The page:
leucine rich pentatricopeptide repeat containing
The information on this page was automatically extracted from online scientific databases.
From NCBI Gene:
This gene encodes a leucine-rich protein that has multiple pentatricopeptide repeats (PPR). The precise role of this protein is unknown but studies suggest it may play a role in cytoskeletal organization, vesicular transport, or in transcriptional regulation of both nuclear and mitochondrial genes. The protein localizes primarily to mitochondria and is predicted to have an N-terminal mitochondrial targeting sequence. Mutations in this gene are associated with the French-Canadian type of Leigh syndrome. [provided by RefSeq, Mar 2012]
May play a role in RNA metabolism in both nuclei and mitochondria. In the nucleus binds to HNRPA1-associated poly(A) mRNAs and is part of nmRNP complexes at late stages of mRNA maturation which are possibly associated with nuclear mRNA export. May bind mature mRNA in the nucleus outer membrane. In mitochondria binds to poly(A) mRNA. Plays a role in translation or stability of mitochondrially encoded cytochrome c oxidase (COX) subunits. May be involved in transcription regulation. Cooperates with PPARGC1A to regulate certain mitochondrially encoded genes and gluconeogenic genes and may regulate docking of PPARGC1A to transcription factors. Seems to be involved in the transcription regulation of the multidrug-related genes MDR1 and MVP. Part of a nuclear factor that binds to the invMED1 element of MDR1 and MVP gene promoters. Binds single-stranded DNA (By similarity).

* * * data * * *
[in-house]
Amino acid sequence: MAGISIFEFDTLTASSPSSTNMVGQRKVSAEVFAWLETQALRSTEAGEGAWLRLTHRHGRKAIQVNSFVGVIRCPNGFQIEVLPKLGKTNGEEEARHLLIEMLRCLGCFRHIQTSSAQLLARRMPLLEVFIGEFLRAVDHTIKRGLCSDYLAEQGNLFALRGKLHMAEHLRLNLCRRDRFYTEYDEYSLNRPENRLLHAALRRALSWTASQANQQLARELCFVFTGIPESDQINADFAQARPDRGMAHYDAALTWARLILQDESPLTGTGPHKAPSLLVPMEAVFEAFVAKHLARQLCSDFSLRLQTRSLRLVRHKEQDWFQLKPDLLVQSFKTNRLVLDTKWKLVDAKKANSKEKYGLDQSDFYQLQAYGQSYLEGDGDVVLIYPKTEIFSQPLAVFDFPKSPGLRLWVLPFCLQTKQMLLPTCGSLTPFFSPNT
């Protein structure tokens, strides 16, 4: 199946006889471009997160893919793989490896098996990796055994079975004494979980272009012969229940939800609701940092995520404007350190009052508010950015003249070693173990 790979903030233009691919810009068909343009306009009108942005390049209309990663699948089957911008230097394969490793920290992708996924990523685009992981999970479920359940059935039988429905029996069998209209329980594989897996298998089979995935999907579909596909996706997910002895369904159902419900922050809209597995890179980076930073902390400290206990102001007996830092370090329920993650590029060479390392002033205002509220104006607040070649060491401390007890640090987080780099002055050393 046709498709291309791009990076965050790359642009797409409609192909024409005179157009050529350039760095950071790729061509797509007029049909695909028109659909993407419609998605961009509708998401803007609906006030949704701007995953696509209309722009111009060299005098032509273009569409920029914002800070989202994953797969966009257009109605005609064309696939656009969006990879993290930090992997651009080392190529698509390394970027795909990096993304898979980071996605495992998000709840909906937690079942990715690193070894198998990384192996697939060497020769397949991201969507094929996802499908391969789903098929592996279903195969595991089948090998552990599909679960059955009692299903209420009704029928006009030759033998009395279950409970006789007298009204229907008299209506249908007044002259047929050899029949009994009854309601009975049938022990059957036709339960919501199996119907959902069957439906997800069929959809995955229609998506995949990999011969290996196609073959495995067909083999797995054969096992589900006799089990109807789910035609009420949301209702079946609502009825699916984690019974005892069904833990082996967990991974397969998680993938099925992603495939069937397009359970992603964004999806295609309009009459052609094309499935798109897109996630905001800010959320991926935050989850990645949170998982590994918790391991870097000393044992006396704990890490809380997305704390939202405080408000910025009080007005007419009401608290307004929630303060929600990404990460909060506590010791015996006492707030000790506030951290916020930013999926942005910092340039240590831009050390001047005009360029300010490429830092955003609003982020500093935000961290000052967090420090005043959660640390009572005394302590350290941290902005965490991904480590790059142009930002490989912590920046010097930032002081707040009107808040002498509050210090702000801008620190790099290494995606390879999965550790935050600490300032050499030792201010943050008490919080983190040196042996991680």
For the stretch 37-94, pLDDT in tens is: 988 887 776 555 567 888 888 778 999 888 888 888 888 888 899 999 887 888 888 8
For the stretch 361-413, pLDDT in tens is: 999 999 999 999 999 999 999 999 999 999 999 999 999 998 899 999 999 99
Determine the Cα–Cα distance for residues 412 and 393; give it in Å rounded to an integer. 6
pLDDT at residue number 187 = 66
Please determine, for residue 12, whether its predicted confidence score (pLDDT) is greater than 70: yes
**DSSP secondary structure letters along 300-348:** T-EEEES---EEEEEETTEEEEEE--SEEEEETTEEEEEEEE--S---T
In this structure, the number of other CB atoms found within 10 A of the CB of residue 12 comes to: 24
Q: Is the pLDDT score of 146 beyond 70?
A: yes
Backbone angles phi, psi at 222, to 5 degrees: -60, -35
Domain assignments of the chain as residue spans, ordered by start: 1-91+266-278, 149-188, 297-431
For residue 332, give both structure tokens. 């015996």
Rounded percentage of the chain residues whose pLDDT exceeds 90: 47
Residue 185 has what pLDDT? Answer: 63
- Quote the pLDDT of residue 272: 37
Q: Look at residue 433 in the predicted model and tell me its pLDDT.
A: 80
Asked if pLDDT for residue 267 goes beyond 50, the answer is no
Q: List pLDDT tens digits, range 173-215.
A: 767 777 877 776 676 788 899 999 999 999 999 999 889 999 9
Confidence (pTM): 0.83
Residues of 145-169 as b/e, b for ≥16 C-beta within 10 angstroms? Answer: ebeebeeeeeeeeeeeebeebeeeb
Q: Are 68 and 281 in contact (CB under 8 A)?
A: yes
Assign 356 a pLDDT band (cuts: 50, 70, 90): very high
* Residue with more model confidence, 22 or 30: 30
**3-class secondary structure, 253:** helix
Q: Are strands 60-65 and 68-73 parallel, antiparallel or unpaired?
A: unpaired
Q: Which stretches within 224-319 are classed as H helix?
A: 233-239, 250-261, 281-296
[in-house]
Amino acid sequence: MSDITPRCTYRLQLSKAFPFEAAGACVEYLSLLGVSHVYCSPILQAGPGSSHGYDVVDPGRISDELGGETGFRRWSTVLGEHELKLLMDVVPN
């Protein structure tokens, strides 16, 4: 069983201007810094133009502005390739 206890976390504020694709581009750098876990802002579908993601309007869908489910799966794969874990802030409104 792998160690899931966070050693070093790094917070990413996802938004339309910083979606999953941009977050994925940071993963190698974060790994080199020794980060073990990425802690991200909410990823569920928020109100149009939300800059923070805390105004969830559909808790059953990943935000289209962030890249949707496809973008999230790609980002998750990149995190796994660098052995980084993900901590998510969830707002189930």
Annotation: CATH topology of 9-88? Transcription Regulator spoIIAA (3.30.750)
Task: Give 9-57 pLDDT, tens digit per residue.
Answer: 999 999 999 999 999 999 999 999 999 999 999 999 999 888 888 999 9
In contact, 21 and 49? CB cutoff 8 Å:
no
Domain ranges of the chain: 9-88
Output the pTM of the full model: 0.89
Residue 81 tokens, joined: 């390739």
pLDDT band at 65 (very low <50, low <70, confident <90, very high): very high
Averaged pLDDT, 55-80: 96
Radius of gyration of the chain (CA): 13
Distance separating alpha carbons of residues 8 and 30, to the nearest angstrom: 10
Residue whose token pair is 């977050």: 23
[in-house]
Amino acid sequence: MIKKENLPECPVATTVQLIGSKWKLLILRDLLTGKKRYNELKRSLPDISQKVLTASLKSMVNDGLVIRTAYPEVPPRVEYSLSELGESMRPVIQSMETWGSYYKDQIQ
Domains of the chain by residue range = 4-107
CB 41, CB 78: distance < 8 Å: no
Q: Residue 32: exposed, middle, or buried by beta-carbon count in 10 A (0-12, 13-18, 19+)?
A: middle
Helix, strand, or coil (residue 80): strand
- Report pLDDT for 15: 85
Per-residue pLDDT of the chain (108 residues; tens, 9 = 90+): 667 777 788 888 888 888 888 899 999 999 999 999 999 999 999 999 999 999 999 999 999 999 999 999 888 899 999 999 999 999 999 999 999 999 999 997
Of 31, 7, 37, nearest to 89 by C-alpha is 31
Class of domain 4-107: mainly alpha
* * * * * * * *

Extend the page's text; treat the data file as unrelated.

Covered on Genetics Home Reference:
From NCBI Gene:
- Leigh syndrome, French Canadian type
Leigh syndrome French-Canadian type (LSFC): Severe neurological disorder characterized by bilaterally symmetrical necrotic lesions in subcortical brain regions that is commonly associated with systemic cytochrome c oxidase (COX) deficiency. In the Saguenay-Lac Saint Jean region of Quebec province in Canada, a biochemically distinct form of Leigh syndrome with COX deficiency has been described. Patients have been observed to have a developmental delay, hypotonia, mild facial dysmorphism, chronic well-compensated metabolic acidosis, and high mortality due to episodes of severe acidosis and coma. Enzyme activity was close to normal in kidney and heart, 50% of normal in fibroblasts and skeletal muscle, and nearly absent in brain and liver. LSFC patients show reduced (<30%) levels of LRPPRC in both fibroblast and liver mitochondria and a specifically reduced translation of COX subunits MT-CO1/COXI and MT-CO3 (COXIII). [MIM:220111]